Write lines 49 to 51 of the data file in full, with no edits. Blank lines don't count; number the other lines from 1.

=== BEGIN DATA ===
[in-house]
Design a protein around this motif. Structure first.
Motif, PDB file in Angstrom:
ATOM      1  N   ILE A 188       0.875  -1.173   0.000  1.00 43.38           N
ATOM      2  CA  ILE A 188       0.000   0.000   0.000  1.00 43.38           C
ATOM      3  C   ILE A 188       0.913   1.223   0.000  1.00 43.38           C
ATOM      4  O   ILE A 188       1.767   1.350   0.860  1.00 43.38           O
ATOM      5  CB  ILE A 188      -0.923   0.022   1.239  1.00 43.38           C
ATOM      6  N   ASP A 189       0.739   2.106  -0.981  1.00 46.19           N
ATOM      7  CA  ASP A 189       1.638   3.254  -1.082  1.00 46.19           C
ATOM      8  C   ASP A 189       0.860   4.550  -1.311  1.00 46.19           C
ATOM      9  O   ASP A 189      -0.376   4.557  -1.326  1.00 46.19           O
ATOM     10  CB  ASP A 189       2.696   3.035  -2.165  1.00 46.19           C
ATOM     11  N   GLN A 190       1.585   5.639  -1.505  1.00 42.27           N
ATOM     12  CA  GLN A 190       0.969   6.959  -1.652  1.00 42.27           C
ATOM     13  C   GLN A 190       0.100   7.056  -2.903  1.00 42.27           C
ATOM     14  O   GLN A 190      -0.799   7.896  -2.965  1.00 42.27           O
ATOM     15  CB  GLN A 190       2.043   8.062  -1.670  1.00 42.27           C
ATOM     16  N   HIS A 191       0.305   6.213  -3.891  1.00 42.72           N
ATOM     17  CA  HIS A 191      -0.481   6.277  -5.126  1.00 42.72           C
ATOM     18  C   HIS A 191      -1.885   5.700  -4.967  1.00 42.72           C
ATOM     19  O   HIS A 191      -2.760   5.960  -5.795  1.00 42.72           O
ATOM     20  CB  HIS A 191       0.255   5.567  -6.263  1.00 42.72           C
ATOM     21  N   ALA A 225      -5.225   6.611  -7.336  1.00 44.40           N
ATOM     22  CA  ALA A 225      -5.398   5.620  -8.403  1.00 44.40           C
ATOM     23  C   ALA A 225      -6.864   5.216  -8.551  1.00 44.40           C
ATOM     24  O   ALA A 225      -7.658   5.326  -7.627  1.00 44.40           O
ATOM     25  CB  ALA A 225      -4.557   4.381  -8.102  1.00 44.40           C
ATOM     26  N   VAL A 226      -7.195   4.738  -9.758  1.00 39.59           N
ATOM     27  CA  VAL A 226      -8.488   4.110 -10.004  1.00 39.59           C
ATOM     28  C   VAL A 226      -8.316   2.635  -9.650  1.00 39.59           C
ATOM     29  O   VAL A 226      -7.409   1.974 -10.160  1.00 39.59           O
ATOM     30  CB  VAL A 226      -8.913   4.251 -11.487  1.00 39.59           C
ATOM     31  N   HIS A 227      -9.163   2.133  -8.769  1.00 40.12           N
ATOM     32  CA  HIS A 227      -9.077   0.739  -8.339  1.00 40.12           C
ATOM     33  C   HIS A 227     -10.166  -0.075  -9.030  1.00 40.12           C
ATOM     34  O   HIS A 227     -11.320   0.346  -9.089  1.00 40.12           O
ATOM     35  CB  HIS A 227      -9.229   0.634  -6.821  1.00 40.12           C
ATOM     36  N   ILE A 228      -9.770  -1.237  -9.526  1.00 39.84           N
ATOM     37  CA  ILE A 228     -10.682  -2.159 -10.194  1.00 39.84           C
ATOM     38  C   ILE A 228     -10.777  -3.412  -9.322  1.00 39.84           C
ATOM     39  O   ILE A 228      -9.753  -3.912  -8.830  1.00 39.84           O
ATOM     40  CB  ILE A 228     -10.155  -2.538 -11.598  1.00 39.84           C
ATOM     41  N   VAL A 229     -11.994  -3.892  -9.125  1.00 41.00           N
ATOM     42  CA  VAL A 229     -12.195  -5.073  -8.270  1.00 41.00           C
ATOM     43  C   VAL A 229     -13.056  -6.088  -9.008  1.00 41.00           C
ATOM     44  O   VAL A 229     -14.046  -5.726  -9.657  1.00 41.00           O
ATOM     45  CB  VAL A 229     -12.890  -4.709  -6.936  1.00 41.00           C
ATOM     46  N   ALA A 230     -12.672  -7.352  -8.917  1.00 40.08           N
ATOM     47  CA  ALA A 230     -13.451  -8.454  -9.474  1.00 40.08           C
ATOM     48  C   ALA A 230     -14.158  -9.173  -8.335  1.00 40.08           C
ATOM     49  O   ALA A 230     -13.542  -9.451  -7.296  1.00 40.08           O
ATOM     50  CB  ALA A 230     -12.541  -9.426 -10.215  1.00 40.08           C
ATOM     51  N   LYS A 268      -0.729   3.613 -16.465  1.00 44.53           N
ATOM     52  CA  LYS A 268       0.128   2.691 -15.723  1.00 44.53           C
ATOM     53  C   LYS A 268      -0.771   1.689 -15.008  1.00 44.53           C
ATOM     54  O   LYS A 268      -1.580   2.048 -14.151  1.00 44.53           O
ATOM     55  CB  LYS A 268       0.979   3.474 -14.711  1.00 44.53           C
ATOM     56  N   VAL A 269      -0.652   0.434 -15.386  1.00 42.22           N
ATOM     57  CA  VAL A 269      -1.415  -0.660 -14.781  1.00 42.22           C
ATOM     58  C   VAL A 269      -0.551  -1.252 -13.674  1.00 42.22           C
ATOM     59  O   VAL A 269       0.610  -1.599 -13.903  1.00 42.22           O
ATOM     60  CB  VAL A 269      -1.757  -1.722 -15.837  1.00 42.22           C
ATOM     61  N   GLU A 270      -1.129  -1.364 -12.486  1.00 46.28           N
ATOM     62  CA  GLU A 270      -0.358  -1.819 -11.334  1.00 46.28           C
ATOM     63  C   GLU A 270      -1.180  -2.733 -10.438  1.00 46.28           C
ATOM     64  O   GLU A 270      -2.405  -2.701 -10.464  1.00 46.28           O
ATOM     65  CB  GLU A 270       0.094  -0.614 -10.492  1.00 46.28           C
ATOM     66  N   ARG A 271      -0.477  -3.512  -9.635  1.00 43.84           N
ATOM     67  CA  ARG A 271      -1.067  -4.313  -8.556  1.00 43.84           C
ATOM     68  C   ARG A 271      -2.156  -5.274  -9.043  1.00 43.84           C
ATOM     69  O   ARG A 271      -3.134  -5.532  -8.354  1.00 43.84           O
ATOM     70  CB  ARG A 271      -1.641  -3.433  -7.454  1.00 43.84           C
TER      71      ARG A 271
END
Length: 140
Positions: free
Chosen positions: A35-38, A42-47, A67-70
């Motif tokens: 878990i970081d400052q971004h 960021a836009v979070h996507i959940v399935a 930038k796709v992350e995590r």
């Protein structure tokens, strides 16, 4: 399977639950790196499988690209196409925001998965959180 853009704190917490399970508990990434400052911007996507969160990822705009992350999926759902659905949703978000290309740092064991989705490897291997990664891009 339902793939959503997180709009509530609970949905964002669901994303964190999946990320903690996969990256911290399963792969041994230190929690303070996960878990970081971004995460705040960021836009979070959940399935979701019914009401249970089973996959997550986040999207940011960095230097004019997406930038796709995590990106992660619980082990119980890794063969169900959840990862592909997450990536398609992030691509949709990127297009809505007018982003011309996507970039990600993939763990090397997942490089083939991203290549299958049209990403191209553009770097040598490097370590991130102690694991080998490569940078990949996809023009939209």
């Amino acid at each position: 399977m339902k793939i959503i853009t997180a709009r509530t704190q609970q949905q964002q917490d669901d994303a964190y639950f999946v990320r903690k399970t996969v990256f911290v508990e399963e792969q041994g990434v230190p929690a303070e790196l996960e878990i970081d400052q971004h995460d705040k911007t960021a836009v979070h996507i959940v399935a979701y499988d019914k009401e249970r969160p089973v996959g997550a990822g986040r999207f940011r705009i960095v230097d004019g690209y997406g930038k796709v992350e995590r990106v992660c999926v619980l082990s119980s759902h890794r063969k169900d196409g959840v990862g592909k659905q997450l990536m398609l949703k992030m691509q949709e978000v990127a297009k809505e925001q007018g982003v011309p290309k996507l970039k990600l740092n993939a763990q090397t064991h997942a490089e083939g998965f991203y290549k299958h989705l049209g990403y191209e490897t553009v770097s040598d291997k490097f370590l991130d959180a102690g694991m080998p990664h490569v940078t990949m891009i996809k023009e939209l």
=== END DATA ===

ATOM     46  N   ALA A 230     -12.672  -7.352  -8.917  1.00 40.08           N
ATOM     47  CA  ALA A 230     -13.451  -8.454  -9.474  1.00 40.08           C
ATOM     48  C   ALA A 230     -14.158  -9.173  -8.335  1.00 40.08           C